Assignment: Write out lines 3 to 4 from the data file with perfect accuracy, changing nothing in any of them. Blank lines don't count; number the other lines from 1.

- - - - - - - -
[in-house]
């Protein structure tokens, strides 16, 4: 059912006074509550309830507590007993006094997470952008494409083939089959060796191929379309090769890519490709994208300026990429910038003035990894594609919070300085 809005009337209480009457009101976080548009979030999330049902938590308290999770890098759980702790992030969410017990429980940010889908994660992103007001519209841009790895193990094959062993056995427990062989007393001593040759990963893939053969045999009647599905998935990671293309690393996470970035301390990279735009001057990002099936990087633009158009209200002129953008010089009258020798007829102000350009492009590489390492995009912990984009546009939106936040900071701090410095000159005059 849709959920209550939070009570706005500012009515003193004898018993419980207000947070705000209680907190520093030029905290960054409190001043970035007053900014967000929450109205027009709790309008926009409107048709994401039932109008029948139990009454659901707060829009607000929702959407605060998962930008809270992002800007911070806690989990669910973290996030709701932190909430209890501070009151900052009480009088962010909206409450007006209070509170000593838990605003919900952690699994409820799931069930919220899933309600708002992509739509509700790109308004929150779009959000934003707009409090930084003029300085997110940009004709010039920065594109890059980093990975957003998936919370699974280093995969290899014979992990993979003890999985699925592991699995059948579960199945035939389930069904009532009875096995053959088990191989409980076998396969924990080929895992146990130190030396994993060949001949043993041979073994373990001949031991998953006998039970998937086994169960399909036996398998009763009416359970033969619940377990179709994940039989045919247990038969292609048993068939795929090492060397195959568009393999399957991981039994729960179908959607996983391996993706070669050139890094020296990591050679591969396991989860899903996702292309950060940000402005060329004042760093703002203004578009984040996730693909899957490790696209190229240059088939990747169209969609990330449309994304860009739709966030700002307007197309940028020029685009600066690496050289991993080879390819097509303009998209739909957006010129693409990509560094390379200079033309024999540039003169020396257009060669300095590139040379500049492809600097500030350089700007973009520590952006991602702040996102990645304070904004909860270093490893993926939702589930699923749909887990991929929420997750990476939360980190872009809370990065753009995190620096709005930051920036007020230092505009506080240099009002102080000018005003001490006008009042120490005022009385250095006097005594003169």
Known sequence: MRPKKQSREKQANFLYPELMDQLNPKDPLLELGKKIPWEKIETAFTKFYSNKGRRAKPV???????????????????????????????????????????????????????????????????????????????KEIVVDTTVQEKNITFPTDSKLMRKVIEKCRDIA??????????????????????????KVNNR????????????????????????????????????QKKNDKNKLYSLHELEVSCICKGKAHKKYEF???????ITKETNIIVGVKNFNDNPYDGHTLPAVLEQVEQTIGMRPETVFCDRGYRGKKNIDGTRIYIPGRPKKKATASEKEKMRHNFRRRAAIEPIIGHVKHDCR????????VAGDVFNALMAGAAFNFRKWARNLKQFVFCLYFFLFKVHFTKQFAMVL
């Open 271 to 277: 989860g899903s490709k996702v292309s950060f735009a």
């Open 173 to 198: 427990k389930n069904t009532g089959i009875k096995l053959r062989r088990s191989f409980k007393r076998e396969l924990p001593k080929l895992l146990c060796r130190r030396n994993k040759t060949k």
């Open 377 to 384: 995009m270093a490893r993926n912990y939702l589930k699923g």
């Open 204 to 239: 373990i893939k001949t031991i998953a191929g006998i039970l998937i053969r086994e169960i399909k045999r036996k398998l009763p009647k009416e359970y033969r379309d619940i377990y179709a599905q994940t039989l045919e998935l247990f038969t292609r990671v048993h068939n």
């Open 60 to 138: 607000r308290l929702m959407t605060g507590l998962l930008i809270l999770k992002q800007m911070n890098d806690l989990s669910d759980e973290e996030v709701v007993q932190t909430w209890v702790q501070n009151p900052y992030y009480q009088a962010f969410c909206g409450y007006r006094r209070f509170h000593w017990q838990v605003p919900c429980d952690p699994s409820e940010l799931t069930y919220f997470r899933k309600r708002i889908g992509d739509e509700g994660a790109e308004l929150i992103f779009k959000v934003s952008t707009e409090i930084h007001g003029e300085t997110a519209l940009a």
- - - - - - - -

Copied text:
Known sequence: MRPKKQSREKQANFLYPELMDQLNPKDPLLELGKKIPWEKIETAFTKFYSNKGRRAKPV???????????????????????????????????????????????????????????????????????????????KEIVVDTTVQEKNITFPTDSKLMRKVIEKCRDIA??????????????????????????KVNNR????????????????????????????????????QKKNDKNKLYSLHELEVSCICKGKAHKKYEF???????ITKETNIIVGVKNFNDNPYDGHTLPAVLEQVEQTIGMRPETVFCDRGYRGKKNIDGTRIYIPGRPKKKATASEKEKMRHNFRRRAAIEPIIGHVKHDCR????????VAGDVFNALMAGAAFNFRKWARNLKQFVFCLYFFLFKVHFTKQFAMVL
């Open 271 to 277: 989860g899903s490709k996702v292309s950060f735009a």